If you practice with a Live CD of your favorite distro, next time your Windows computer crashes, you will be ready to operate it temporarily using Linux. A colleague of mine (who happens to break his computer from time to time with the aid of the most destructive viruses I've ever seen) started his computer, checked his email, and browsed the Web this way for almost a month before we could restore his Windows XP. I personally don't recommend surviving on a Live CD for so long, but it was his choice and Linux was up to the job.

If you practice, you will use your knowledge about Linux for your personal advantage in a crisis.

OK, I started the system with a Live CD...
Now, how do I get my file?

First, if you want to rescue a fle, you must have a USB stick to save the file to it. You must be familiar with Windows Explorer (not the browser, the file manager). Well, in Linux, there are several file managers, like Dolphin. Open Dolphin from the system tools menu and, to the left, you will see the different partitions on your HD. Explore them to find the Windows partition and then locate the folder where your file is. Once you see it, right click on it and copy it to a USB drive. If it is a document file and you want to work with it, Open Office will open it and you can change it. Just be careful and make sure you save it to your USB drive.

WARNING: This process works particularly well in Mepis. You get a desktop environment similar to Windows (KDE), which facilitates things for Windows users. You can also do it from Ubuntu Live CD, but you must take into account that this distro uses a desktop environment that is more like Mac (Gnome). Don't panic, the bar is up, not down, but you'll get used to it. Mandriva might not let you open the Windows partition from a Live CD, but you can do this if you have a dual boot (Windows/Mandriva). Some other distros may not come with an office suit (like Vinux), so check first.

miércoles, 16 de junio de 2010

That Linux Attitude...

I might be very passionate about Mandriva Linux, granted. After all, not experiencing a single virus attack for over a year of heavy internet surfing WITHOUT an antivirus can be very motivating. The BEAUTY of the system itself contributes, too. Seeing that a computer can be used safely, simply, and even artistically by people who where formerly paralyzed by fear is what makes me tell others about Linux.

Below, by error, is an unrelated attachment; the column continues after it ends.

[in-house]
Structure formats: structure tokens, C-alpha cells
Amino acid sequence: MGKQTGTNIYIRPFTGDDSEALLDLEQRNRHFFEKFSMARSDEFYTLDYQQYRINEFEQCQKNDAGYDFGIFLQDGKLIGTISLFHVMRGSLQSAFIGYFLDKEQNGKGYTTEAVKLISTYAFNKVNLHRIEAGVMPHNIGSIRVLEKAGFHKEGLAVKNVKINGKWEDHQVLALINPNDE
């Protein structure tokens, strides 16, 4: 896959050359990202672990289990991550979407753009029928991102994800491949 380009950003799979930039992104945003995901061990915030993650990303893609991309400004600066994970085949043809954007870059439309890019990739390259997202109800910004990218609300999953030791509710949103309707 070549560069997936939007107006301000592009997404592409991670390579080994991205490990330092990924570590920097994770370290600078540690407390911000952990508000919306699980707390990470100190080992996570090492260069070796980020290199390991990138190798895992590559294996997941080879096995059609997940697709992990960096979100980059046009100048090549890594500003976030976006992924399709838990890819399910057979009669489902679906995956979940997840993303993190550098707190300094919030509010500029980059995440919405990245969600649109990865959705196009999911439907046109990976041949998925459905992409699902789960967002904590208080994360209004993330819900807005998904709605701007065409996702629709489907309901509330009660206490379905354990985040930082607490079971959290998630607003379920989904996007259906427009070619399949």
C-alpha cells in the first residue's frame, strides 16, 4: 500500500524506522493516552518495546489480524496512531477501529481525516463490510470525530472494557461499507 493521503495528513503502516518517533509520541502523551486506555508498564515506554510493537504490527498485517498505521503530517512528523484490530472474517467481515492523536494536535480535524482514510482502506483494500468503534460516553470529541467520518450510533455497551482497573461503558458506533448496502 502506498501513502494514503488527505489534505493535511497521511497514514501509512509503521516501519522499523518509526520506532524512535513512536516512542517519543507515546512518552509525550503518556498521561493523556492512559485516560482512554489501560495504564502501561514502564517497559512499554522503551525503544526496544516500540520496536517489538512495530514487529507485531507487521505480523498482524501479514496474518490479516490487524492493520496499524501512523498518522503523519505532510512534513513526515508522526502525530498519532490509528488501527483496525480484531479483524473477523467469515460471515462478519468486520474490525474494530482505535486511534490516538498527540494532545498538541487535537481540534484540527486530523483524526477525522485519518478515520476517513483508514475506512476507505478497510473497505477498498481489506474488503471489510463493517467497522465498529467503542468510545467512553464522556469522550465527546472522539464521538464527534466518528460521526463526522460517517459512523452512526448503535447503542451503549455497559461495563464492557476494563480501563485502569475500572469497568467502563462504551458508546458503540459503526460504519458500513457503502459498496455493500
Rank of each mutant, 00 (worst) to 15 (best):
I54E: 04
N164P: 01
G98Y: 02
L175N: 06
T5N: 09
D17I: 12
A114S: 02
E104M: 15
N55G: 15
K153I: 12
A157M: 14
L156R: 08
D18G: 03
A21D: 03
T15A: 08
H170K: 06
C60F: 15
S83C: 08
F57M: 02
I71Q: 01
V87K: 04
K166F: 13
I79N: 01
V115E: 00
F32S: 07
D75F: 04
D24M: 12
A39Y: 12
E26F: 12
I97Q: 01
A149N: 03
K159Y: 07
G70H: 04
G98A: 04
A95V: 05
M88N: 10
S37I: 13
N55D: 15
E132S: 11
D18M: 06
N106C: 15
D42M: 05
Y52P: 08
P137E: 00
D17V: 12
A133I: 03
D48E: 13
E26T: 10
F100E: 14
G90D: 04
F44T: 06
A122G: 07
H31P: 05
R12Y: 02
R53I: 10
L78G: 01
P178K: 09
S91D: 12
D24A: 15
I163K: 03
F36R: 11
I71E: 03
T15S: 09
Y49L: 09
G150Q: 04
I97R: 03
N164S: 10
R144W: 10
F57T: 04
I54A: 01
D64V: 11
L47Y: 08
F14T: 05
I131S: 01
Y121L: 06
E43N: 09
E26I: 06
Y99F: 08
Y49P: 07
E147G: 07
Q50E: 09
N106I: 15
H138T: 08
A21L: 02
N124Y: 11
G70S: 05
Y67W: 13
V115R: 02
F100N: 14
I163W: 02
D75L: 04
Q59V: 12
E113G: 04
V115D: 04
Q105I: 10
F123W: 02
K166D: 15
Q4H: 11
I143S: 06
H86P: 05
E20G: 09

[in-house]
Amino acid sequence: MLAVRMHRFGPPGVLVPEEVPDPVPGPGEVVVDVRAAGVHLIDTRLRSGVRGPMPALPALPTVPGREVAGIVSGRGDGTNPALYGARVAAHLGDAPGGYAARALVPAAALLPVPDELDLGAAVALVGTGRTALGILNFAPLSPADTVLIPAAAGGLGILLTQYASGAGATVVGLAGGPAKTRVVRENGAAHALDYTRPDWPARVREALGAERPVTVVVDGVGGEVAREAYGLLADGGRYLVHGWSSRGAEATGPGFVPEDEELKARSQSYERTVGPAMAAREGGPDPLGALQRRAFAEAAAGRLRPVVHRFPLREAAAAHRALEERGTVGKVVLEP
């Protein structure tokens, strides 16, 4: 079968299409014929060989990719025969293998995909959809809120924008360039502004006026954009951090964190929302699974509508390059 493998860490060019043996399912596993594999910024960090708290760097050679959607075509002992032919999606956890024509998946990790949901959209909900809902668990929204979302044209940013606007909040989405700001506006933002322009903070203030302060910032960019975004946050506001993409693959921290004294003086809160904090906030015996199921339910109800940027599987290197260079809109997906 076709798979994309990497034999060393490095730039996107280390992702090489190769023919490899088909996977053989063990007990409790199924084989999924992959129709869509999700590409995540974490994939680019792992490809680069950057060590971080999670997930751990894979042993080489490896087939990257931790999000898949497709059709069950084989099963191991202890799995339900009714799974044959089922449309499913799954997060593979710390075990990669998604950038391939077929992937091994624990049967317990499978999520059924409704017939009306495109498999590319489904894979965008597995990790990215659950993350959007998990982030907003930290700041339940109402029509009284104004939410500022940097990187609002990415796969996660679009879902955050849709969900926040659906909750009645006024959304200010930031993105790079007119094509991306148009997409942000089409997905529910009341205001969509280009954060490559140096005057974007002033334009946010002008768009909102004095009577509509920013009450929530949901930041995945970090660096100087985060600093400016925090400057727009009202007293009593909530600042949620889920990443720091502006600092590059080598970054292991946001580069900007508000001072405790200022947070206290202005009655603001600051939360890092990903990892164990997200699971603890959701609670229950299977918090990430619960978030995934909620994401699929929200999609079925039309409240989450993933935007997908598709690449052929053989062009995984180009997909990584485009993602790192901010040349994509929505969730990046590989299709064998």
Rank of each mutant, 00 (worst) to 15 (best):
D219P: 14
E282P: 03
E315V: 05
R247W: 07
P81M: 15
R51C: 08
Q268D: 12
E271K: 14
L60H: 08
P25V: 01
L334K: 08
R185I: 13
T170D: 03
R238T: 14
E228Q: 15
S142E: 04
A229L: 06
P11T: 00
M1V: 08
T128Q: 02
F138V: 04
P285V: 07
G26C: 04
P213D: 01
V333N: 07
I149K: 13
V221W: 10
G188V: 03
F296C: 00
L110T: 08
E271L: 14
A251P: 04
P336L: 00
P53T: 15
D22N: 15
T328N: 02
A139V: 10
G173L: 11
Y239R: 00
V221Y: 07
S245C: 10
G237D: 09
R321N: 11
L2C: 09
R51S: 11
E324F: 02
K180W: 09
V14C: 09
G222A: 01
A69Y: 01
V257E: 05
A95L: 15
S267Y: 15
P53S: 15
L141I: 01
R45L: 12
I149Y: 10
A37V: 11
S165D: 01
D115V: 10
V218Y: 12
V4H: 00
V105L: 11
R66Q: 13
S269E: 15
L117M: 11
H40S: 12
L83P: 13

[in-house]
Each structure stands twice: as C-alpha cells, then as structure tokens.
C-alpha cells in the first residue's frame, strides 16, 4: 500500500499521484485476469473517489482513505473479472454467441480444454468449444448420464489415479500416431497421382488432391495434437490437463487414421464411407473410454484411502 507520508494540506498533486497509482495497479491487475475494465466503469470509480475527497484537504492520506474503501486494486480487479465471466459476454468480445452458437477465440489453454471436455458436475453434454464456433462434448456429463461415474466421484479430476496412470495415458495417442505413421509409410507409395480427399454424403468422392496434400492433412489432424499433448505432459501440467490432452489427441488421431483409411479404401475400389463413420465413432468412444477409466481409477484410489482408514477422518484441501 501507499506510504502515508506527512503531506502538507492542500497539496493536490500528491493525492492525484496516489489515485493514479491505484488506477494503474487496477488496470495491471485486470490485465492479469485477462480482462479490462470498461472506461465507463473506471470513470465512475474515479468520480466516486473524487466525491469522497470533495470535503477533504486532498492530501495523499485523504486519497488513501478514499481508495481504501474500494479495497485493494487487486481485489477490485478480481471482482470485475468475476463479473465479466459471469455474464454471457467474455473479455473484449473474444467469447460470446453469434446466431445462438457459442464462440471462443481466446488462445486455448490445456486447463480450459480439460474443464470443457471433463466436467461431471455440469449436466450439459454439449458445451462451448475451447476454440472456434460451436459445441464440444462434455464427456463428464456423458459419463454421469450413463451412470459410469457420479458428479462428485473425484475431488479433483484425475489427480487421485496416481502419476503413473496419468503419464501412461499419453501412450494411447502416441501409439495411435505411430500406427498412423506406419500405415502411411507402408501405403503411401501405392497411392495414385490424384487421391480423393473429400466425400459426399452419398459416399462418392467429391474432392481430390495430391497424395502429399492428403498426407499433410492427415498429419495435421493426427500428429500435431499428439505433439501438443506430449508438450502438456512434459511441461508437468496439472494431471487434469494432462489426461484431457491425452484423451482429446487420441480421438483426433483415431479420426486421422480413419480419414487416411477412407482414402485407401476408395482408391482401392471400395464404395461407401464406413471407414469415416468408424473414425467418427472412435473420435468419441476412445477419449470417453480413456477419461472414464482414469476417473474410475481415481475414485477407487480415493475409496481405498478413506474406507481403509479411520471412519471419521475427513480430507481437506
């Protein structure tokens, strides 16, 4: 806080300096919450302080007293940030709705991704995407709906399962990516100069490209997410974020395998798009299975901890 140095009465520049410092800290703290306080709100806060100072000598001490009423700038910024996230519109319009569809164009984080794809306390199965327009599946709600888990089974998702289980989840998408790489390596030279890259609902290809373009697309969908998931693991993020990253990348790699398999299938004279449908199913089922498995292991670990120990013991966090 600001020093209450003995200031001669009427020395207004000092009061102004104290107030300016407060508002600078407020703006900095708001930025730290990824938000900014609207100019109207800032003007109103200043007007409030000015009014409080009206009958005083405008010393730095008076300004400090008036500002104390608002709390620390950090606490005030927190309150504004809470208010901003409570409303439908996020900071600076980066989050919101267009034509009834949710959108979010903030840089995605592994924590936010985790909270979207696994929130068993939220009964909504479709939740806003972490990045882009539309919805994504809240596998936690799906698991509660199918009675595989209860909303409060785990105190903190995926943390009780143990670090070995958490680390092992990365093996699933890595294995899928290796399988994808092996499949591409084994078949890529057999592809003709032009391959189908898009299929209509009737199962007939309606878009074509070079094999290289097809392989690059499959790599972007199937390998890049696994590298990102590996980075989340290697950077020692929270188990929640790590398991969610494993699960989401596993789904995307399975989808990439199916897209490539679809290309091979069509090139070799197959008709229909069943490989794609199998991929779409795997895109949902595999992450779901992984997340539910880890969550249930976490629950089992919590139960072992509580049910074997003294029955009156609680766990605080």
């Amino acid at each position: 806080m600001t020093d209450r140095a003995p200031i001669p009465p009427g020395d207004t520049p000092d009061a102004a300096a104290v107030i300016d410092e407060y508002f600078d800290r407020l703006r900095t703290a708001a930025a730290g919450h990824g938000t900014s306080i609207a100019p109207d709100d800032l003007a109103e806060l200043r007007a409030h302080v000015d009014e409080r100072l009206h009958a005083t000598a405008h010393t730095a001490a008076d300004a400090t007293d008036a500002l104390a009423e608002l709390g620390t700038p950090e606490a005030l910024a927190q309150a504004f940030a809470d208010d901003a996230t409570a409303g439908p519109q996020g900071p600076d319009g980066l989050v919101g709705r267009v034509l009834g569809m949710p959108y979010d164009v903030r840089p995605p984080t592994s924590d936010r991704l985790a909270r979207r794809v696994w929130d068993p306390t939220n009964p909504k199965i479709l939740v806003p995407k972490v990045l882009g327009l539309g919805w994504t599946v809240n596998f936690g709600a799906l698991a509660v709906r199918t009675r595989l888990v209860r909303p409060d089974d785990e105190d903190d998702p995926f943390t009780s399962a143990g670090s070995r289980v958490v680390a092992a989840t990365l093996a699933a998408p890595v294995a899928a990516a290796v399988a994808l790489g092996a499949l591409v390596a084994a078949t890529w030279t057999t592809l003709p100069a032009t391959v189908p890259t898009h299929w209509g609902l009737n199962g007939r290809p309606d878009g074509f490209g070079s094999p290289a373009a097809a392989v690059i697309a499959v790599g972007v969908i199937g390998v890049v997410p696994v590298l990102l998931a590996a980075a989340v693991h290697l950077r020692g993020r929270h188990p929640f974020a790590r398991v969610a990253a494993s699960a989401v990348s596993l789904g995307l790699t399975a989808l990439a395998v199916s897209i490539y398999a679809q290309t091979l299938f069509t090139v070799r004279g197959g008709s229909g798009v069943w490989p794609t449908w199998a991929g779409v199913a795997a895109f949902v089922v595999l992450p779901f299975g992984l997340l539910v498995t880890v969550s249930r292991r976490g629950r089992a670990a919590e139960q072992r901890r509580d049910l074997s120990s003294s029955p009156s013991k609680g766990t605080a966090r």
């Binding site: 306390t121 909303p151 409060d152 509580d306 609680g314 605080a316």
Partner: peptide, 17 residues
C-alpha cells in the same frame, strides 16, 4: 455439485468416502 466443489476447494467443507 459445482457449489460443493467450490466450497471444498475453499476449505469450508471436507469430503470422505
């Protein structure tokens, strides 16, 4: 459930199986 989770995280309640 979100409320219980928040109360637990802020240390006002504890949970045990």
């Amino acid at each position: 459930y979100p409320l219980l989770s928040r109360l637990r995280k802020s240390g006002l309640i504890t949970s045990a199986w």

I want to tell the world : "No more blue screens! No more panic! No more sluggish performance after a while!" That is how I see Linux: as a friendly community, as people who care for others and want to help computer users in need.

Windows users generally know very little about Linux. When they become interested and decide to try it, as they think that Linux is ONE OPERATING SYSTEM, they retreat baffled when they hear about Ubuntu, Kubuntu, Mepis, Xubuntu, Mandriva, Mint, PCLinuxOS, Tuquito, Sabayon, OpenSuse, Fedora, Debian, Slackware...or any other of the 300 available distributions.

Just imagine this poor Windows user locked in a room, surrounded by 300 bouncing penguins crying out: "Try me, try me, TRY M-EEE!" Appalled, the user yells: "But which one is Linux??" For two or three seconds, the penguins remain quiet and then, with a renewed vigor of bouncing,the penguins synchronize their squalling...the sound wave hits the ears of this person: "I AM!!!"

I felt that way when I decided to give Linux a try. However, that is not the point of my discussion.

Windows users sometimes feel reluctant to approach Linux because of how Penguin lovers treat them. Windows might be a flawed OS, but throwing stones at its users does not help them.
After all, most Linux users were Windows users once.

As there are Linux distributions and forums, there are communities behind them. Some of them are friendly and welcome new Linux users; others scare them away. Everyone should know this.

In my navigations through forums, I realized that there are Linux distros that I dare not touch, not because of the distro itself, but BECAUSE OF THE COMMUNITY BEHIND IT.

No offense, but although I personally dislike Ubuntu (the distro) and its company (Canonical), the community is wonderful. They work hard to HELP and maybe that's one of the reasons behind Ubuntu's popularity. The Ubuntu slogan ("Linux for human beings") becomes a reality in Ubuntu's community.

Mandriva's community is amazing. They welcome you as a member, help you, and TEACH you, not only about Mandriva, but also about off-topics. They even have a community chat where everyone can start threads about virtually ANYTHING. They do not offend you, even if you offend them with real silly questions. I once read a thread posted by a person who asked for help to UNINSTALL MANDRIVA AND PUT WINDOWS. I thought the Mandriva forum administrators were going to butcher him, but people replied and helped him... maybe not very happily, but they taught him what he wanted to know.

Mepis forums might be small, but they are cozy. There, I read a post that went like this: "Although it is probably late for saying this, let me say it: WELCOME TO MEPIS!" How good is that, I ask? You really feel you mean something in Mepis.

Now, again, without meaning to offend, I won't go anywhere near PCLOS... I understand the value of one's own exploration, etc., but, plainly, their forum rules make you feel UNWANTED there.

So, people should really think about this before starting their trip to TUX Land...Please remember that turning against Windows users or novice Linux users antagonizes the very spirit of Free Software: the COMMUNITY is the POWER OF TUX.